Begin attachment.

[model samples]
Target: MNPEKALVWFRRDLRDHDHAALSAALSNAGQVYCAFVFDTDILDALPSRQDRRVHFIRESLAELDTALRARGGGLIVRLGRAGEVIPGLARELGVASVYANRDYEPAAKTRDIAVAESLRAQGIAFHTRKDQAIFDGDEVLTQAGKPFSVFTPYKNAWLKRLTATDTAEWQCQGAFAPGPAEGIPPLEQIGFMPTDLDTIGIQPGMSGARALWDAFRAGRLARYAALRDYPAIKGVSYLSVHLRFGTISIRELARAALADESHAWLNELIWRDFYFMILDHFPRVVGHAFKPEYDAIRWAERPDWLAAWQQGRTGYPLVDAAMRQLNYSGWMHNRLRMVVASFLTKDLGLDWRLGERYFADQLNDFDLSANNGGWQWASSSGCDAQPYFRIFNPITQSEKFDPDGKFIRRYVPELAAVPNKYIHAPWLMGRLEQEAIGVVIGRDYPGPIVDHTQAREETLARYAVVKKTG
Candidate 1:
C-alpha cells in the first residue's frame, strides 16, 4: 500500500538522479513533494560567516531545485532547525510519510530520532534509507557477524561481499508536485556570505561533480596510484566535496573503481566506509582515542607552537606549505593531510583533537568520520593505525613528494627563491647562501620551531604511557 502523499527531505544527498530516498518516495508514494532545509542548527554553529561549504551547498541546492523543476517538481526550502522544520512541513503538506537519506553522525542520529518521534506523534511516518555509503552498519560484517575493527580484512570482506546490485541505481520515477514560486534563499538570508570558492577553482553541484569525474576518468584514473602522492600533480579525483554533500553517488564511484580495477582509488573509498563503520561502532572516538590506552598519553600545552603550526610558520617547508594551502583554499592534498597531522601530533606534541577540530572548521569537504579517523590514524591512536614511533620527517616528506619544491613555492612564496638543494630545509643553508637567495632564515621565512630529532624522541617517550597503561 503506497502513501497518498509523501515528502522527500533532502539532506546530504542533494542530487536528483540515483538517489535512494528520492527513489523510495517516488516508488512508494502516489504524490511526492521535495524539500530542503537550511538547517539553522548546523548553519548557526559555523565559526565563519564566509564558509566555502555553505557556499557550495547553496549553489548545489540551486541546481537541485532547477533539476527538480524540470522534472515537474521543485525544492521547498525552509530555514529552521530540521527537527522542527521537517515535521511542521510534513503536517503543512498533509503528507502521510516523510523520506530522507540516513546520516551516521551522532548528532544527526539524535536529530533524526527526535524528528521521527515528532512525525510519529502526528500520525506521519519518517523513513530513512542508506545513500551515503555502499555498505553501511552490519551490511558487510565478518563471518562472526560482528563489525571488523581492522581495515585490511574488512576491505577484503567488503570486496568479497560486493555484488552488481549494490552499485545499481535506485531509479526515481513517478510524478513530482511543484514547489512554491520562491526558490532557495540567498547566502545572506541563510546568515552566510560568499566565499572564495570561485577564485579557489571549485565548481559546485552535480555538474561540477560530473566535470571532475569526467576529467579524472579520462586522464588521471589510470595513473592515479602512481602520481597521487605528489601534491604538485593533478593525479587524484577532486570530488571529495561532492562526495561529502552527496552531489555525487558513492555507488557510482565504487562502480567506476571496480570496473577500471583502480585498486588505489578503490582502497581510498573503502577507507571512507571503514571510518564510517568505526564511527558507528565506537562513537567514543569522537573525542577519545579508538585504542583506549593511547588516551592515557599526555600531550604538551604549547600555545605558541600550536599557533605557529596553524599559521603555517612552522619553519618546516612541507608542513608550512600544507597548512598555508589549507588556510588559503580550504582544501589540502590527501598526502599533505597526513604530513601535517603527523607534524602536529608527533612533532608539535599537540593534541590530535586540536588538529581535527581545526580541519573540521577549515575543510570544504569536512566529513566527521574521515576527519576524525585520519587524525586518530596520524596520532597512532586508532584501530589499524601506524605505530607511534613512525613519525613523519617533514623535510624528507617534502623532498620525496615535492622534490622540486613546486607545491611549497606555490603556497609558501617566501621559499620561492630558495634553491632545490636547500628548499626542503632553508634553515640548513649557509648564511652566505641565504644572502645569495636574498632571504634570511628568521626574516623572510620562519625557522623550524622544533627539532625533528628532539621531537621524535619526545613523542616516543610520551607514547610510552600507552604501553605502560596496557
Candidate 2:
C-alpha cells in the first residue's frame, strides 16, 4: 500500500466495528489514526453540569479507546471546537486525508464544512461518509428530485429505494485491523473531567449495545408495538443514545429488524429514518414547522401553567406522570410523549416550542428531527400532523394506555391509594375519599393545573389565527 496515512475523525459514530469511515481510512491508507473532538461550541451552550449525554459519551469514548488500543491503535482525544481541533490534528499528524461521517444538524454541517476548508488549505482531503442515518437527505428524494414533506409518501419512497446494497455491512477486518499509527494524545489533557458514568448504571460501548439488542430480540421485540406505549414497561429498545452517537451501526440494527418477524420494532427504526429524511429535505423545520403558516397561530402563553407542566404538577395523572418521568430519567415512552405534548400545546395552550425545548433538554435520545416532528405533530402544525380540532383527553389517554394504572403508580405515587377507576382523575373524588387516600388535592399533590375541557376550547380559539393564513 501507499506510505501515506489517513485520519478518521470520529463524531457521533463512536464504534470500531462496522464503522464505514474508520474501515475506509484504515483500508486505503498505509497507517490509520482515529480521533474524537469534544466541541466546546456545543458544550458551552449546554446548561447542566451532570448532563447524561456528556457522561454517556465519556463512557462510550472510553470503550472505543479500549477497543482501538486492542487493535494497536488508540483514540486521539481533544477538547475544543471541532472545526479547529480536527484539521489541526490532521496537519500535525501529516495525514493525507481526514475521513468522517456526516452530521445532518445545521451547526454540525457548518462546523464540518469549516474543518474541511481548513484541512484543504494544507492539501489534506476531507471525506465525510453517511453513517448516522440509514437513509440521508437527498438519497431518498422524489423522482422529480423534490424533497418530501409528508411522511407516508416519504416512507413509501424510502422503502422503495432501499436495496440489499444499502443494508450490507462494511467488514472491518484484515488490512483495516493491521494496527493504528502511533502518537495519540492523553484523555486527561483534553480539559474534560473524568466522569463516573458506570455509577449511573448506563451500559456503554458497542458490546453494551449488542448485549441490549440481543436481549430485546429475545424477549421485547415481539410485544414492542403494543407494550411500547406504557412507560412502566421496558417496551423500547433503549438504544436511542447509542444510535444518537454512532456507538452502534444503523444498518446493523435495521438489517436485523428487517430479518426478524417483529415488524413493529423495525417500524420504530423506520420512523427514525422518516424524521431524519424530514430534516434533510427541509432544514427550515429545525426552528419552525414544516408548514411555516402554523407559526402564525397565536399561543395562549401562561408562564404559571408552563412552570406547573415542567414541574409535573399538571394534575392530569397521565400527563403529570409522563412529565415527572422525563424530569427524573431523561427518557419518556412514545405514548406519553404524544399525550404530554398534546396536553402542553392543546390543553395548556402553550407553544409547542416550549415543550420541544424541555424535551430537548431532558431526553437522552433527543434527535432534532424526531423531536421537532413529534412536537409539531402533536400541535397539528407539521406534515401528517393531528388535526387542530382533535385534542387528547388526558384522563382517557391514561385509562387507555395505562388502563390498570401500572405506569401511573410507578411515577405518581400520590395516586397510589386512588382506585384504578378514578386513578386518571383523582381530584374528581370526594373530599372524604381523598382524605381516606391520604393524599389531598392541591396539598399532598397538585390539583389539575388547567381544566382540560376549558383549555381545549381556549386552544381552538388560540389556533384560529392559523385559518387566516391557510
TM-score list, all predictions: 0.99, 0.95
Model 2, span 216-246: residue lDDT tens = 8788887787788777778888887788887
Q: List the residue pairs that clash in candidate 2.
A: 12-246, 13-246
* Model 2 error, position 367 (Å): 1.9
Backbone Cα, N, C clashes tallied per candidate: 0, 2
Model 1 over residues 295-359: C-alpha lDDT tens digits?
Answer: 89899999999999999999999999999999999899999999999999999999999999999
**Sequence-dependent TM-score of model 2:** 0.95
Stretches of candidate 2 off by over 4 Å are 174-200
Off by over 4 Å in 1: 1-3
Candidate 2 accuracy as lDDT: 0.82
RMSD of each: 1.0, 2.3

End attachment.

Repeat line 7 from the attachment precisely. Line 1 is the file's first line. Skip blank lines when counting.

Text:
TM-score list, all predictions: 0.99, 0.95